Wednesday, May 5, 2021

Pro se inmate wins excessive force appeal against correction officer

The Court of Appeals has reinstated an excessive force claim brought by a pro se inmate who claims that a correction officer broke his finger while trying to restrain him at the jail. 

The case is Bradshaw v. City of New York, a summary order issued on March 29. Excessive force claims usually involve divergent testimony from plaintiff and defendant about what happened leading up to the use of force, as well as the amount of force used. That's why these cases are sometimes not suitable for summary judgment and a jury must decide who is telling the truth, even if it has to weigh credibility between an inmate and a law enforcement officer. 

Plaintiff sues two officers here. The first officer, Loesch, cannot be liable, the Court of Appeals (Katzmann, Lynch and Nardini) says, because there is no dispute that plaintiff refused to interlace his fingers behind his head when Loesch ordered him to do so, "and the split-second decision to bring Bradshaw to the ground and subdue him to eliminate the security risk that the officers believed he posed was not excessive." 

What about plaintiff's clam that the Loesch punched him in the face when plaintiff was on the ground? As the Court notes, plaintiff's sworn testimony "sharply conflicts with that of the officer defendants." That evidentiary dispute often places such a claim before the jury. Not this one. While a single witness's testimony can be enough to force a jury trial on liability, see e.g. Holtz v. Rockefeller, 258 F.3d 62, 78 (2d Cir. 2001), that argument will not work if video evidence conclusively proves what happened. The case for that is Scott v. Harris, 550 U.S. 372, 380 (2007). The video evidence dooms plaintiff's claim, as it proves that Loesch did not punch him. Medical records also do not show bruising on the part of plaintiff's face where he claims the officer punched him.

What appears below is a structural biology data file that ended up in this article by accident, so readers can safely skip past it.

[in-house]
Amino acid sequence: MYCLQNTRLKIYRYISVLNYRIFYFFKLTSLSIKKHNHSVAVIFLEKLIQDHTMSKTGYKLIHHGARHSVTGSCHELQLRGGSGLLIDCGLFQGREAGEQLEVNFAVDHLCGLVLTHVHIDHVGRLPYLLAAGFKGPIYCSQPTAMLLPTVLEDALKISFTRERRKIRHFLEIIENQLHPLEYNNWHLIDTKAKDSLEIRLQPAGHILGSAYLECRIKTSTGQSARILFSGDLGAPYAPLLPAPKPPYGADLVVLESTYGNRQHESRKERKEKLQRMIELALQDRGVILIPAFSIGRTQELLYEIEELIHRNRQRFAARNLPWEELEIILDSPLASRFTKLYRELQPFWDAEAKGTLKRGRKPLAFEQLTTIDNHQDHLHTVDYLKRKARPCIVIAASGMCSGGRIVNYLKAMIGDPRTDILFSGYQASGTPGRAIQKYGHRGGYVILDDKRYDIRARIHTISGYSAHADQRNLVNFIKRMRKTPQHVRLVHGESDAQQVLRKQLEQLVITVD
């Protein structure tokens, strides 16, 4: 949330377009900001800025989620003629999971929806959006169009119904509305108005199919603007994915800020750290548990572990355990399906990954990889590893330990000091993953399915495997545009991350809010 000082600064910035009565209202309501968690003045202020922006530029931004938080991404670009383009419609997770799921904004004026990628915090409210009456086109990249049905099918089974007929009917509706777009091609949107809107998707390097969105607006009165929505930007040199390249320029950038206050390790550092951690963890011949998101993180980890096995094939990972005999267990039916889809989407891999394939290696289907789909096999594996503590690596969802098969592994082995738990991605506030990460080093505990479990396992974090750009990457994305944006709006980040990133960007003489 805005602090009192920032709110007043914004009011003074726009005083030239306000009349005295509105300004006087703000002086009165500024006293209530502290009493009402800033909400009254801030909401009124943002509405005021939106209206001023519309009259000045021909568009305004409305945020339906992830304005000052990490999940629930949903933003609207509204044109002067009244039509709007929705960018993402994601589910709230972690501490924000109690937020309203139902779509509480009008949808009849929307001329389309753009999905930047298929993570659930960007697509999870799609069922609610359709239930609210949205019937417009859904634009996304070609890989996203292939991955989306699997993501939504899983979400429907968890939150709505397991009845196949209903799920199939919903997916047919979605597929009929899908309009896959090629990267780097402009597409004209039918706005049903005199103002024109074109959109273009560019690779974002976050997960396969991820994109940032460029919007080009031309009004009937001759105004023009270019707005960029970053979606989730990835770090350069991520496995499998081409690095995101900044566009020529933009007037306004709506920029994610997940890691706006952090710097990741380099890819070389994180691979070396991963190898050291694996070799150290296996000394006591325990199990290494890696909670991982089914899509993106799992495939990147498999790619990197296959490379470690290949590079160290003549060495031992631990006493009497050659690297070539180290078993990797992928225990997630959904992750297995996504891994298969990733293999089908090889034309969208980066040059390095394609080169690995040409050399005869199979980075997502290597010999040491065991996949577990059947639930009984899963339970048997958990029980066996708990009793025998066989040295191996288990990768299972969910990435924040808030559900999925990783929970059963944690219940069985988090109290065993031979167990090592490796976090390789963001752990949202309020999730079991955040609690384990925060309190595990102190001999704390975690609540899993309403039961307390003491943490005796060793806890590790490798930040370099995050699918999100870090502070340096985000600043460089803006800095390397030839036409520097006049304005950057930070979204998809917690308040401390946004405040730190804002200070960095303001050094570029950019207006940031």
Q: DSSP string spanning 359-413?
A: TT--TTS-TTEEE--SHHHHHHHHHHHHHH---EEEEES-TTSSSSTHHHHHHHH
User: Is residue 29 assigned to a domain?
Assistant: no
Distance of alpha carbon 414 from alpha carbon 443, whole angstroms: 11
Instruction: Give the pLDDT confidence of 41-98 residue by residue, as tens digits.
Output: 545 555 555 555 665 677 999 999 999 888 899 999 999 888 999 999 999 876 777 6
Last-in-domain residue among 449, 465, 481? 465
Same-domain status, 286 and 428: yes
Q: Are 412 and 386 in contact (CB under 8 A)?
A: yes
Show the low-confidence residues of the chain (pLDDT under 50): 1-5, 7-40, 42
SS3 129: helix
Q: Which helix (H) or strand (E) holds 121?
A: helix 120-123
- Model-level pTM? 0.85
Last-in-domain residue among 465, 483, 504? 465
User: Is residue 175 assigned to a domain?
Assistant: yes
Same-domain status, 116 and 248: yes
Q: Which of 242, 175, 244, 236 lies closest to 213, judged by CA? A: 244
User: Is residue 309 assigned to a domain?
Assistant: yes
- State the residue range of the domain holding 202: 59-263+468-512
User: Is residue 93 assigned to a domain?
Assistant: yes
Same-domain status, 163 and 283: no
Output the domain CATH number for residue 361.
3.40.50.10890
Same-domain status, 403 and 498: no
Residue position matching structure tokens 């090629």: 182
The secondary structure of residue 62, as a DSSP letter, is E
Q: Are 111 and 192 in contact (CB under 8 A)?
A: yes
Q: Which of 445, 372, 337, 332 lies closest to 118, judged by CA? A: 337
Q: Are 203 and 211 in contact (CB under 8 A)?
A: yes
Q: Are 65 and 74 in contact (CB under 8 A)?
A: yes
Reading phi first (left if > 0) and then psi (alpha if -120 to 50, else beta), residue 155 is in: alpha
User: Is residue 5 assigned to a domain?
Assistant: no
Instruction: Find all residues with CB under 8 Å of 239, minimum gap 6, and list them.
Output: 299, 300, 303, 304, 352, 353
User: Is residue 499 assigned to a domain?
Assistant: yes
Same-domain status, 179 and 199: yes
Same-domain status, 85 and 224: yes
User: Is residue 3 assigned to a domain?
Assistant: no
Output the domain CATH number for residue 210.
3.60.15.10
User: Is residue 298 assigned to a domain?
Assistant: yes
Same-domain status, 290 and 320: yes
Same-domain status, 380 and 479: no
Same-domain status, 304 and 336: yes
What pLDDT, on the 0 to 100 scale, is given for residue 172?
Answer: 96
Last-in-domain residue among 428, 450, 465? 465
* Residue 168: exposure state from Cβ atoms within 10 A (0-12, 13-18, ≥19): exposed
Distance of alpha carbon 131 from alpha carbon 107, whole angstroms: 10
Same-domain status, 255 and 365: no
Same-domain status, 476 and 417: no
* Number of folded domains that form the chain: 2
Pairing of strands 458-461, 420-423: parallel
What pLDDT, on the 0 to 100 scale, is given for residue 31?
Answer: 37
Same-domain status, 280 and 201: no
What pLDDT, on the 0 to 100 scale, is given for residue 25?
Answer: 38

But plaintiff wins the appeal against defendant Tebbens. Plaintiff says Tebbins broke his finger. The medical evidence actually proves there was no broken finger, but plaintiff did  testify that this officer threatened to break his finger and then twisted and bent it painfully. That gratuitous use of force can give rise to an excessive force claim. While there is video of this incident. the footage does not conclusively prove what happened one way or the other. This means the jury must decide what happens. Bradshaw will get his excessive force trial against Tebbins.

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